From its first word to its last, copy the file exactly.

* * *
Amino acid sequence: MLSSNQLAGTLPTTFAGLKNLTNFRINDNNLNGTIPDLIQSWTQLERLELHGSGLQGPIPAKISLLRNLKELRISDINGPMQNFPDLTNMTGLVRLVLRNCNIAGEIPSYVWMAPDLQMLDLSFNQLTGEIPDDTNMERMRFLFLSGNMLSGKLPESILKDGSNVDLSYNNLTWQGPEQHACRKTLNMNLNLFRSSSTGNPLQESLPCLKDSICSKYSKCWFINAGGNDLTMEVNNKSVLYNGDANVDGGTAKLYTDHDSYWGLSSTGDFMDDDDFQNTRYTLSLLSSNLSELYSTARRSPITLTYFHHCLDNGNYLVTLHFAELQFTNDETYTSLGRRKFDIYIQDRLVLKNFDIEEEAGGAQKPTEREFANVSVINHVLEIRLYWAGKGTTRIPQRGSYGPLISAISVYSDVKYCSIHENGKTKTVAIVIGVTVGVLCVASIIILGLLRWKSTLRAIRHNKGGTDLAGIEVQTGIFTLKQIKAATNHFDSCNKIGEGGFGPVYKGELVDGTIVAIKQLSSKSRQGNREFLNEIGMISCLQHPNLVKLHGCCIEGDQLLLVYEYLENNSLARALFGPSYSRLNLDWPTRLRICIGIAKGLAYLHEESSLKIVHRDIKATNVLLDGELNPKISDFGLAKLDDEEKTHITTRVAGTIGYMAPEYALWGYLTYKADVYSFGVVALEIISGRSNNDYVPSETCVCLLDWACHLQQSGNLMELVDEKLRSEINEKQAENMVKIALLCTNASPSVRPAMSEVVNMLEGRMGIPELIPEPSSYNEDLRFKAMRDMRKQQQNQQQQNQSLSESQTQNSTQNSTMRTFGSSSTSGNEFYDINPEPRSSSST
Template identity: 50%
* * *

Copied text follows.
Amino acid sequence: MLSSNQLAGTLPTTFAGLKNLTNFRINDNNLNGTIPDLIQSWTQLERLELHGSGLQGPIPAKISLLRNLKELRISDINGPMQNFPDLTNMTGLVRLVLRNCNIAGEIPSYVWMAPDLQMLDLSFNQLTGEIPDDTNMERMRFLFLSGNMLSGKLPESILKDGSNVDLSYNNLTWQGPEQHACRKTLNMNLNLFRSSSTGNPLQESLPCLKDSICSKYSKCWFINAGGNDLTMEVNNKSVLYNGDANVDGGTAKLYTDHDSYWGLSSTGDFMDDDDFQNTRYTLSLLSSNLSELYSTARRSPITLTYFHHCLDNGNYLVTLHFAELQFTNDETYTSLGRRKFDIYIQDRLVLKNFDIEEEAGGAQKPTEREFANVSVINHVLEIRLYWAGKGTTRIPQRGSYGPLISAISVYSDVKYCSIHENGKTKTVAIVIGVTVGVLCVASIIILGLLRWKSTLRAIRHNKGGTDLAGIEVQTGIFTLKQIKAATNHFDSCNKIGEGGFGPVYKGELVDGTIVAIKQLSSKSRQGNREFLNEIGMISCLQHPNLVKLHGCCIEGDQLLLVYEYLENNSLARALFGPSYSRLNLDWPTRLRICIGIAKGLAYLHEESSLKIVHRDIKATNVLLDGELNPKISDFGLAKLDDEEKTHITTRVAGTIGYMAPEYALWGYLTYKADVYSFGVVALEIISGRSNNDYVPSETCVCLLDWACHLQQSGNLMELVDEKLRSEINEKQAENMVKIALLCTNASPSVRPAMSEVVNMLEGRMGIPELIPEPSSYNEDLRFKAMRDMRKQQQNQQQQNQSLSESQTQNSTQNSTMRTFGSSSTSGNEFYDINPEPRSSSST
Template identity: 50%